As we get acquainted with our new home in the Hudson Valley, we've been occasionally heading out for dinner to sample the area's many ethnic restaurants in search of the foods we like to eat. Tonight, our focus was Mexican. When I did an Internet search for "mexican restaurant Poughkeepsie," almost all of the restaurants - a dozen or more - showed up on a map on the same 1.5-mile stretch of Main Street in the center of the city. I immediately took to calling it Poughkeepsie's Mexican Mile.
While most of the restaurants were actually on Main Street, one was about a block or two off the main drag at one end of the Mexican Mile. Called Mole Mole, it came highly recommended by some of my coworkers at Vassar College. But as I read online reviews of Mole Mole, another restaurant kept getting mentioned as even better: El Bracero. It seemed that El Bracero had earned a reputation for offering Poughkeepsie's best authentic Mexican food (4.5 out of 5 stars on Yelp) - and as you might expect, they offered that food at a hole in the wall neighborhood joint with affordable prices. And so to El Bracero we went.
If you want to avoid all the dirty details of this review, here's the take home lesson: If El Bracero represents Poughkeepsie's best Mexican food, you might be better off going to Taco Bell, or not going out for Mexican at all. Seriously.
As we perused the menu, we noticed a lot wheat flour tortillas (and fried dishes involving wheat flour tortillas), so we had some serious concerns about gluten cross-contamination. I haven't gotten sick...yet (but I'm still within my brief magic window where the food wouldn't have made its way through my system enough to initiate a reaction). We'll see how I fare as the evening wears on...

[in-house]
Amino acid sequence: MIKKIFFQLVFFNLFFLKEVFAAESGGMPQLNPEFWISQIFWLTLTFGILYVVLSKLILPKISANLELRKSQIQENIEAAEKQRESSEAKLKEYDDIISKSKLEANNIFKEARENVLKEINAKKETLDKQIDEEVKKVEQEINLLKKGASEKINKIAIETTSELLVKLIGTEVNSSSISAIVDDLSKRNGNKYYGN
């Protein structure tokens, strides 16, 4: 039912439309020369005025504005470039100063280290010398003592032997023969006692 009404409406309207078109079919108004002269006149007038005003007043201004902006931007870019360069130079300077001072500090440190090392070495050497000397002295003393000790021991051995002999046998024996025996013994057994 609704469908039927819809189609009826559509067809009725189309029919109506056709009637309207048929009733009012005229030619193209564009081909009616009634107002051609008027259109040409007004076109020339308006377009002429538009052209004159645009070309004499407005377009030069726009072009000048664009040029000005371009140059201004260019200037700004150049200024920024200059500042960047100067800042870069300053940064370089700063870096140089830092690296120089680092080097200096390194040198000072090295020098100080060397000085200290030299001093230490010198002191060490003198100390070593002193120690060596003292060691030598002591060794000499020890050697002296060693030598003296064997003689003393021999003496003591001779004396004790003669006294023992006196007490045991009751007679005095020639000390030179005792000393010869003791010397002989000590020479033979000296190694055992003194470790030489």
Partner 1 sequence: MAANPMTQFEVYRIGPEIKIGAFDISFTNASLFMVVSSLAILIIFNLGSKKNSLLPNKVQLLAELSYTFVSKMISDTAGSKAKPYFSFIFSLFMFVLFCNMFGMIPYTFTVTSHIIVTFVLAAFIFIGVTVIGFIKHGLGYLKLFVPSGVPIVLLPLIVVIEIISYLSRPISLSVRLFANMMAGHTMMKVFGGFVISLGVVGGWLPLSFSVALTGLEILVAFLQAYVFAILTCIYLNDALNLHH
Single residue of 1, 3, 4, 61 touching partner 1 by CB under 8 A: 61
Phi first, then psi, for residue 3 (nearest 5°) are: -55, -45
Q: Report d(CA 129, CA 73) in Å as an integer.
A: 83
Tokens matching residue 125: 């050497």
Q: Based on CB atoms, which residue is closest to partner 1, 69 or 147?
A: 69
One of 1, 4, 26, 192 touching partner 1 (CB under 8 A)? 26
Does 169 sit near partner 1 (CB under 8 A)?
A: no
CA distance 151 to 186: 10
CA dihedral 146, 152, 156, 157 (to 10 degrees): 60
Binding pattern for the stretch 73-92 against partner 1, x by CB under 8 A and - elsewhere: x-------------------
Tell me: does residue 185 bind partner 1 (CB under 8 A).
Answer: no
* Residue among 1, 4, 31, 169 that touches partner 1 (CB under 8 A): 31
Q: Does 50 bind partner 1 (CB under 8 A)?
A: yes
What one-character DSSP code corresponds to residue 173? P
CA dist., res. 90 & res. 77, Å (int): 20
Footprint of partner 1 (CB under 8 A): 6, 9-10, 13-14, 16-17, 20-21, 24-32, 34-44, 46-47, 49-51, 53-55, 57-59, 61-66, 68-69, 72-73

Kelli ordered Bracero's standard steak fajitas. For myself, given Bracero's Oaxacan roots, I went with a mole chicken. Her fajitas were awful. The steak was cooked beyond well-done, and tasted either re-heated or microwaved. The peppers for the fajita were cut very wide, rather than in narrower strips that would have been more convenient for filling corn tortilla fajitas. The onions were under-caramelized, rather than being sweet, soft and well-sauteed.
My mole chicken came with an average mole sauce. Nothing special at all. The chicken, like the steak, tasted reheated. Both Kelli's and my dinner came with a side of bland white rice, rather than a flavorful Mexican rice as I've come to expect.
The only redeeming quality to the meal was our glasses of sangria. While we've had better, they were still quite good, and certainly better than many sangrias we've had at other restaurants. At $4 per glass (or $15 for a pitcher), the price was right. My only regret was that I didn't gulp down several sangrias before my meal so as to deaden my taste buds (and perhaps lower my expectations).
People keep telling us what great restaurants there are in Poughkeepsie, thanks to the influence of the nearby Culinary Institute of America. At the moment, we're convinced that all of the CIA graduates are getting the heck out of Dodge. If there are diamonds in the rough, waiting to be found - and you know about them - please comment on this post and let us know! Because thus far, we've had a lot of average to below-average meals at local restaurants (with some rare exceptions coming soon in blog posts). Otherwise, Poughkeepsie's dining scene - especially for the gluten-free community - is looking about as bland and unpalatable as our meal tonight at Bracero.
Still hungry (and pulling some cupcakes out of the freezer)... Pete